News / Utah / 
Governor Says No Executions on Sundays, Mondays or Holidays

Governor Says No Executions on Sundays, Mondays or Holidays

Posted - Mar. 16, 2004 at 10:57 a.m.



This archived news story is available only for your personal, non-commercial use. Information in the story may be outdated or superseded by additional information. Reading or replaying the story in its archived form does not constitute a republication of the story.

SALT LAKE CITY (AP) -- Gov. Olene Walker has signed a bill banning executions on Sundays, Mondays or holidays as a cost-saving measure.

Executioners normally don't work weekends or holidays, when it costs $45,000 in overtime to carry out an execution, said Rep. DeMar Bowman, R-Cedar City, who sponsored the measure approved by the Utah Legislature on Feb. 19.

Mondays are out because it takes a full day to set up an execution, and that would require corrections officials to work on Sunday.

Walker has said she'll sign another bill passed by the Legislature that abolishes the firing squad as an option for condemned killers.

Walker has yet to sign that bill, which makes lethal injection the state's only method of capital punishment. But on Friday she added her signature to another four bills and one resolution from the legislative session that ended March 3:

--Senate Bill 32, which allows children who have asthma to carry their inhalers with them in school. It overrules some school districts that required students to keep their inhalers locked in a school office. Those districts believed they were complying with the state's zero-tolerance drug policy in schools.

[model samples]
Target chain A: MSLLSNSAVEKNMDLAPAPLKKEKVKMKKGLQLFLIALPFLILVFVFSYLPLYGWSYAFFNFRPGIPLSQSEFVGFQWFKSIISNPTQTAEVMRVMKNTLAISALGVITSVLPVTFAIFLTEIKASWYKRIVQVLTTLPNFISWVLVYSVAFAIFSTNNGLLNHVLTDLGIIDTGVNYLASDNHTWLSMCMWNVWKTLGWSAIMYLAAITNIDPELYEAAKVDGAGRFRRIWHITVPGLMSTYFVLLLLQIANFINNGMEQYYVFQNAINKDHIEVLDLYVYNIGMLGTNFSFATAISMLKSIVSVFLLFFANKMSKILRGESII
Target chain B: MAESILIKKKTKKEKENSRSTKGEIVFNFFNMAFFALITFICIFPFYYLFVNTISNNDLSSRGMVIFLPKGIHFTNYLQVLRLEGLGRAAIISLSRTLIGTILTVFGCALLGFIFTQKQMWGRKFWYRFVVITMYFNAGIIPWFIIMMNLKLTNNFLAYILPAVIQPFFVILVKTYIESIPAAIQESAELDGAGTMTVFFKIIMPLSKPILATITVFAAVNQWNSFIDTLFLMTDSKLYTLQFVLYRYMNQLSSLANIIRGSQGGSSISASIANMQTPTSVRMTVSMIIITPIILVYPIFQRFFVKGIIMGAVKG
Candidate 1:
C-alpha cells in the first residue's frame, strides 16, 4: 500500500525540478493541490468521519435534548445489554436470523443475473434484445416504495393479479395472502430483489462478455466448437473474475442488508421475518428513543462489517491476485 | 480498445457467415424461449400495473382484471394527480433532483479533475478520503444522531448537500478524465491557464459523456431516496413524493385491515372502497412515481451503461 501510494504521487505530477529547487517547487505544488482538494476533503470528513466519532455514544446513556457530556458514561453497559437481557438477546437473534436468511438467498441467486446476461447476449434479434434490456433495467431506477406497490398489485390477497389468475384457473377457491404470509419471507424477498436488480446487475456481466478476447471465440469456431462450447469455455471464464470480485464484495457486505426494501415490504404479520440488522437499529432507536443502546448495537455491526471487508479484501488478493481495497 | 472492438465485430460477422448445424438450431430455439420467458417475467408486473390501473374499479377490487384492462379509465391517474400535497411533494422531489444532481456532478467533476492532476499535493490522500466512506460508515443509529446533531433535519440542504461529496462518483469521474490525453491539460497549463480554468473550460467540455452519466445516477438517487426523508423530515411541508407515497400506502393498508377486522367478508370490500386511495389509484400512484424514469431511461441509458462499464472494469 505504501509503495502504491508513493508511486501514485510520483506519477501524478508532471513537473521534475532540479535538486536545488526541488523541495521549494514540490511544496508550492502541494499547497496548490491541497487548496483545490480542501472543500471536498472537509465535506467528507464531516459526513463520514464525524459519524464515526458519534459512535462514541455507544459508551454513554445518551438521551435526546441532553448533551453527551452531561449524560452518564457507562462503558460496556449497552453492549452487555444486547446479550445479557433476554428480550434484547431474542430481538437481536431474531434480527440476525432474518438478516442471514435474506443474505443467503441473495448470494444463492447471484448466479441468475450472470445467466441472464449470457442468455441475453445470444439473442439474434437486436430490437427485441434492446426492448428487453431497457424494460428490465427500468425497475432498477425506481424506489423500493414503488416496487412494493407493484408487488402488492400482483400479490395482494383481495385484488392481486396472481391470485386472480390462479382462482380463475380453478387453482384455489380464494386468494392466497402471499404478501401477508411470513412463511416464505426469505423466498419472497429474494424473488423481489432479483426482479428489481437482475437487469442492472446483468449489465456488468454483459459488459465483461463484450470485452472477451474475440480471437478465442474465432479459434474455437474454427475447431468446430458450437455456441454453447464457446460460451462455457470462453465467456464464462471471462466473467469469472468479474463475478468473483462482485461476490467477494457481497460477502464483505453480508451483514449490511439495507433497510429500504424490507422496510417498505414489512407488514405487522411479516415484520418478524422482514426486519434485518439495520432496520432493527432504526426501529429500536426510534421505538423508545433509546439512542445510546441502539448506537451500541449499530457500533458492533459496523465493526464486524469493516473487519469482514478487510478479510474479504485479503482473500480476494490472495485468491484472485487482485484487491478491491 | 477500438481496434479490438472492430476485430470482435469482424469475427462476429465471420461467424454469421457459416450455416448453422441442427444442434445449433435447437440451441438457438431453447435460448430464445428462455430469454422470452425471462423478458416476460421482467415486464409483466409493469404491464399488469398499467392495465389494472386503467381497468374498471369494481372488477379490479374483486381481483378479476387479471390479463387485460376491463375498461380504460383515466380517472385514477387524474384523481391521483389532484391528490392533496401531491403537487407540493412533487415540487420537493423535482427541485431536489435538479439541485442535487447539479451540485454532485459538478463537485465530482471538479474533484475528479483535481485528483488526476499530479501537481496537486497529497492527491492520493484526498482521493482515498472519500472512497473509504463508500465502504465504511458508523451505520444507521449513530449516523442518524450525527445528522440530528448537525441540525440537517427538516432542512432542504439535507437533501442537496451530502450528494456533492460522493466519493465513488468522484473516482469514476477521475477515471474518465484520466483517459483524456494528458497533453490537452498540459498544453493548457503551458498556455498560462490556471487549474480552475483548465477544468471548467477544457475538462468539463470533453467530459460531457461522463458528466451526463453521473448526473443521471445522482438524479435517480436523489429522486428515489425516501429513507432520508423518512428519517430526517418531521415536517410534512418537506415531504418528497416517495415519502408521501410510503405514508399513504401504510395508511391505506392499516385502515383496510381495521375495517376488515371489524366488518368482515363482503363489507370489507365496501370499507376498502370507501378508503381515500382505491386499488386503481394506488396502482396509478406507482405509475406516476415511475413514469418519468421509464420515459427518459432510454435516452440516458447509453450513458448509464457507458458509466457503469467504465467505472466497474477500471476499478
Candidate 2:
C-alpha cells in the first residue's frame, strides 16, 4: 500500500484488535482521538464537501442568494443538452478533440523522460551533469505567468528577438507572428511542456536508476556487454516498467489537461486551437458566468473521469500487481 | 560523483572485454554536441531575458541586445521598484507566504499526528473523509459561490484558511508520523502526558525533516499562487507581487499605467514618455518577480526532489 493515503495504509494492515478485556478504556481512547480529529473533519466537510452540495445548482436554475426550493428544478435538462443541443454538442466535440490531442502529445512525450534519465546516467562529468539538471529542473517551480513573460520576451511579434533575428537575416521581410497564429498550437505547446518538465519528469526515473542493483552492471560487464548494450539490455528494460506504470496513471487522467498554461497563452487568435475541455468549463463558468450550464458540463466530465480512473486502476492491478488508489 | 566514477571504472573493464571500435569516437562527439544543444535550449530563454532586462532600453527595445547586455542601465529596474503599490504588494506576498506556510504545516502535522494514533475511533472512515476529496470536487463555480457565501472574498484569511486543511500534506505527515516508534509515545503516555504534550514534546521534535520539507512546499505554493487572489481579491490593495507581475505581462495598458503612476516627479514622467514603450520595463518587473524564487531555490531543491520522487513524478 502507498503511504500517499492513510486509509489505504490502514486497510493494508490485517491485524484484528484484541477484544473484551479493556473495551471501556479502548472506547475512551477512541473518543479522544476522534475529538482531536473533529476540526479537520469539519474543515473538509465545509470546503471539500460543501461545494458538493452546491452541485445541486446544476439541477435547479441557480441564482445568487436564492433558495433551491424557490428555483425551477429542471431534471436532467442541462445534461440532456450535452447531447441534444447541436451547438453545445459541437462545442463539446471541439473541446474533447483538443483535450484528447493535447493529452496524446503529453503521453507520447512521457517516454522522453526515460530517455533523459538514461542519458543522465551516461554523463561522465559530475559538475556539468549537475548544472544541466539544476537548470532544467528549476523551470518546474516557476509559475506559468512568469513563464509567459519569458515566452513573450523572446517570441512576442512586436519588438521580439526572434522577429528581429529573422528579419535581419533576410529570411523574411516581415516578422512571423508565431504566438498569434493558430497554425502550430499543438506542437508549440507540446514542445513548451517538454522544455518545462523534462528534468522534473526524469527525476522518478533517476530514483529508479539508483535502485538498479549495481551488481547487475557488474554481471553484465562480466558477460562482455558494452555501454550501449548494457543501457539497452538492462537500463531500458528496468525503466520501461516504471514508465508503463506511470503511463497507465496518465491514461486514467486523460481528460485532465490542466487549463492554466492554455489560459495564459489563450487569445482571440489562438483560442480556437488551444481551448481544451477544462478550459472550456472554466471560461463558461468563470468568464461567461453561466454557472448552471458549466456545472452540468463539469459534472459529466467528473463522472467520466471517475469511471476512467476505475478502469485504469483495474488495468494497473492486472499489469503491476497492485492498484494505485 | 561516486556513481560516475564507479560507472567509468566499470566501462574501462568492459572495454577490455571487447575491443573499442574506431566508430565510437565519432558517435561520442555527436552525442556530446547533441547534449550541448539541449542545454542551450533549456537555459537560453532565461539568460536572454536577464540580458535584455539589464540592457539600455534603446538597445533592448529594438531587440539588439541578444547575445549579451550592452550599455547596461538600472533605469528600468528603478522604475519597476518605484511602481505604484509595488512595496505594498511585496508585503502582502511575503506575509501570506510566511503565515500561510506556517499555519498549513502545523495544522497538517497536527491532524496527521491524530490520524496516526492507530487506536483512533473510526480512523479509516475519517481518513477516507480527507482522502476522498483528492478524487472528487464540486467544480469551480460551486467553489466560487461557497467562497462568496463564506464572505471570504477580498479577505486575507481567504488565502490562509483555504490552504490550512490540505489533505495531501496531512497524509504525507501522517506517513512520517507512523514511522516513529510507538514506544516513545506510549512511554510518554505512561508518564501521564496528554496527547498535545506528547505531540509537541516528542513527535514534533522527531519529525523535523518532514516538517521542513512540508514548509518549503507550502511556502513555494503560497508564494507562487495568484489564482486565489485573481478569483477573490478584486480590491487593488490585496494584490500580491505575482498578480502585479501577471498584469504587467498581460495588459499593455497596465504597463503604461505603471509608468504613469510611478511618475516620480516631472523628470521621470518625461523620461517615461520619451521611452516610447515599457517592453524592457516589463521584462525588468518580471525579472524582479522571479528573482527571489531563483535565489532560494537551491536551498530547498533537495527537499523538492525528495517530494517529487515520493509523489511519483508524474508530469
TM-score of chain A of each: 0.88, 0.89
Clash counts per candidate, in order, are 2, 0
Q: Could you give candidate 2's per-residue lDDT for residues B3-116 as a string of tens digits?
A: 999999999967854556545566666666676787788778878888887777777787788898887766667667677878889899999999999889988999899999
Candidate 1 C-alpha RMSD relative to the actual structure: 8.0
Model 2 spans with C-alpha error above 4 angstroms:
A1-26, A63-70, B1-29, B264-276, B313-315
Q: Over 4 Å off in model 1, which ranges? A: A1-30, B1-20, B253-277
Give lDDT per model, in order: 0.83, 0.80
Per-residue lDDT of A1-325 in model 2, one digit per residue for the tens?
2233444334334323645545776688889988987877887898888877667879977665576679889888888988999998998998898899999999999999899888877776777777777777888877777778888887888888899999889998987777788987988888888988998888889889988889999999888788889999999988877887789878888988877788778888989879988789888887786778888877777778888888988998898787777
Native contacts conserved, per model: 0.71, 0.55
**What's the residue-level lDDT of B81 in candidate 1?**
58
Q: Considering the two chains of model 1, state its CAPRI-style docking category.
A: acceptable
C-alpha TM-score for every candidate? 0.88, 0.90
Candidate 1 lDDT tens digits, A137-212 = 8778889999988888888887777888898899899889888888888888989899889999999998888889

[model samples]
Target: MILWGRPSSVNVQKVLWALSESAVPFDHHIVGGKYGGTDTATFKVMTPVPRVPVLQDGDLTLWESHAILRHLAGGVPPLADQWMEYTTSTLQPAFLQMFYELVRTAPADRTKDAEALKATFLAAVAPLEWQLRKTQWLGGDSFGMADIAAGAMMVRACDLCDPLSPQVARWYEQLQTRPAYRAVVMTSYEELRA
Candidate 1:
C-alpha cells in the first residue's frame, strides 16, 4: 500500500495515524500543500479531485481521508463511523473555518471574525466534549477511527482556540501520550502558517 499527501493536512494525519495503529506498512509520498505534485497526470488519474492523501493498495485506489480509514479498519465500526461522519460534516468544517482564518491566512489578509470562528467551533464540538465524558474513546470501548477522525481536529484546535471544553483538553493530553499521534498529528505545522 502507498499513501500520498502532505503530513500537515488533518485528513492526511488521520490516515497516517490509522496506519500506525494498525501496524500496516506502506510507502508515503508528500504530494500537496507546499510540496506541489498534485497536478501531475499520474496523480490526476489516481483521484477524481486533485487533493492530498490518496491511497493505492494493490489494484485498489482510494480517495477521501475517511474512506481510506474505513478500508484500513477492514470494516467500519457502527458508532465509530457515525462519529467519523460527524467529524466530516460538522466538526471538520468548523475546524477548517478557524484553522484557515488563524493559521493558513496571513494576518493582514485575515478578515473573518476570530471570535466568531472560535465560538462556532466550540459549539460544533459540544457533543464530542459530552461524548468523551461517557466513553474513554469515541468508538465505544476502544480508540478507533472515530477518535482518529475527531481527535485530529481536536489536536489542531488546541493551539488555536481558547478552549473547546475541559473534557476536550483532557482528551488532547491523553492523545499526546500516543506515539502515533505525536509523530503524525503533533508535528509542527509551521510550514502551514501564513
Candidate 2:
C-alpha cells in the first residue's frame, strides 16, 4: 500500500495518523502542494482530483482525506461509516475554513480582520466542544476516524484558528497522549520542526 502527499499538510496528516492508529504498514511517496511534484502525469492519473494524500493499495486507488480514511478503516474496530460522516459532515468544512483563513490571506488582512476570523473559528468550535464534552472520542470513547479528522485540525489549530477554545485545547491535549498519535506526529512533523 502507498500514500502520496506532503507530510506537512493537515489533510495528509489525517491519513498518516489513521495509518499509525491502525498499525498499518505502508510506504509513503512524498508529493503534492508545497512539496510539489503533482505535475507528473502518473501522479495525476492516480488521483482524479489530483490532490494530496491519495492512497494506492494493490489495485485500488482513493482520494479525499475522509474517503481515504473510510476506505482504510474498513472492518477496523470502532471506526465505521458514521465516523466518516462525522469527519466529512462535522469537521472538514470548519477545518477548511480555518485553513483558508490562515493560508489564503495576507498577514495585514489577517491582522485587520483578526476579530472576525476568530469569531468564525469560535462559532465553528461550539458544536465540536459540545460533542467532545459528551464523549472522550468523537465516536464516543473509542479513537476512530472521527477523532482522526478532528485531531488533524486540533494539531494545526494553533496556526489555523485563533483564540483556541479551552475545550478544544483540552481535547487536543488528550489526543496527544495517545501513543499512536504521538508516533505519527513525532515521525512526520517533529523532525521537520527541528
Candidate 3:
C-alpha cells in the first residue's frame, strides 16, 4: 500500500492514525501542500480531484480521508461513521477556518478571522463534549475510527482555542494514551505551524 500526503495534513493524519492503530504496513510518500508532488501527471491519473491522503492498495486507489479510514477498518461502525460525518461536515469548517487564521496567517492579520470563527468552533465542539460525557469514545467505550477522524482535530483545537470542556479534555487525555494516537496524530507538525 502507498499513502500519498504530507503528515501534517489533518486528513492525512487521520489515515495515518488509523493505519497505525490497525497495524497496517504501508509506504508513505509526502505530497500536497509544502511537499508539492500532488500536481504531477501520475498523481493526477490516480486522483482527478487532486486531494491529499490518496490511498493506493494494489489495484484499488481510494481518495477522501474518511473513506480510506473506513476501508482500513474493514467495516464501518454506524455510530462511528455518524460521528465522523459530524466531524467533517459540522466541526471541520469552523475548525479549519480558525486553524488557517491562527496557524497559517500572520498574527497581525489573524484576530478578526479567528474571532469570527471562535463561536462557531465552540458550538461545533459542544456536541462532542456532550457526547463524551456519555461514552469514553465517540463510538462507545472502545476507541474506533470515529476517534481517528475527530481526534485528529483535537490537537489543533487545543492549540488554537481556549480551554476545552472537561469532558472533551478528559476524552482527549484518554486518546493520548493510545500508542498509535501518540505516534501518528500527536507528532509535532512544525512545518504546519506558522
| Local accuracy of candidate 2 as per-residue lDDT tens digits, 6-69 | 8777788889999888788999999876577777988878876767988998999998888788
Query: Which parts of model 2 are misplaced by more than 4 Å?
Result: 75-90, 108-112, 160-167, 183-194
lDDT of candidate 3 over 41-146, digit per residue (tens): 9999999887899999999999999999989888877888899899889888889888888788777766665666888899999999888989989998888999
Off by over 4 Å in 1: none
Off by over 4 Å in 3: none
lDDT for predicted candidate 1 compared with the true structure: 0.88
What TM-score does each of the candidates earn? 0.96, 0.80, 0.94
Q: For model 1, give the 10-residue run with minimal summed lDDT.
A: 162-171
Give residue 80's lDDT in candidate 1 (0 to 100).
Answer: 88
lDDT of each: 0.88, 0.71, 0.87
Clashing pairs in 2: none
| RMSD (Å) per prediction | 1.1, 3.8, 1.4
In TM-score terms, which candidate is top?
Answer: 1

--Senate Bill 4, which repeals a reward program for state employees who came up with suggestions for saving the state money.

--Senate Bill 79, which repeals the Division of Child and Family Services' ability to certify social workers for purposes of calculating benefits and salary ranges.

--A resolution urging Congress to cover 40 percent of the cost of educating disabled students and fulfill its commitment under the Education for All Handicapped Children Act of 1975. The federal government pays only 18 percent of the cost of special education, the resolution says.

Walker has until March 23 to sign, veto or let become law without her signature 419 bills passed by the Legislature.

(Copyright 2004 by The Associated Press. All Rights Reserved.)

SIGN UP FOR THE KSL.COM NEWSLETTER

Catch up on the top news and features from KSL.com, sent weekly.
By subscribing, you acknowledge and agree to KSL.com's Terms of Use and Privacy Policy.

KSL Weather Forecast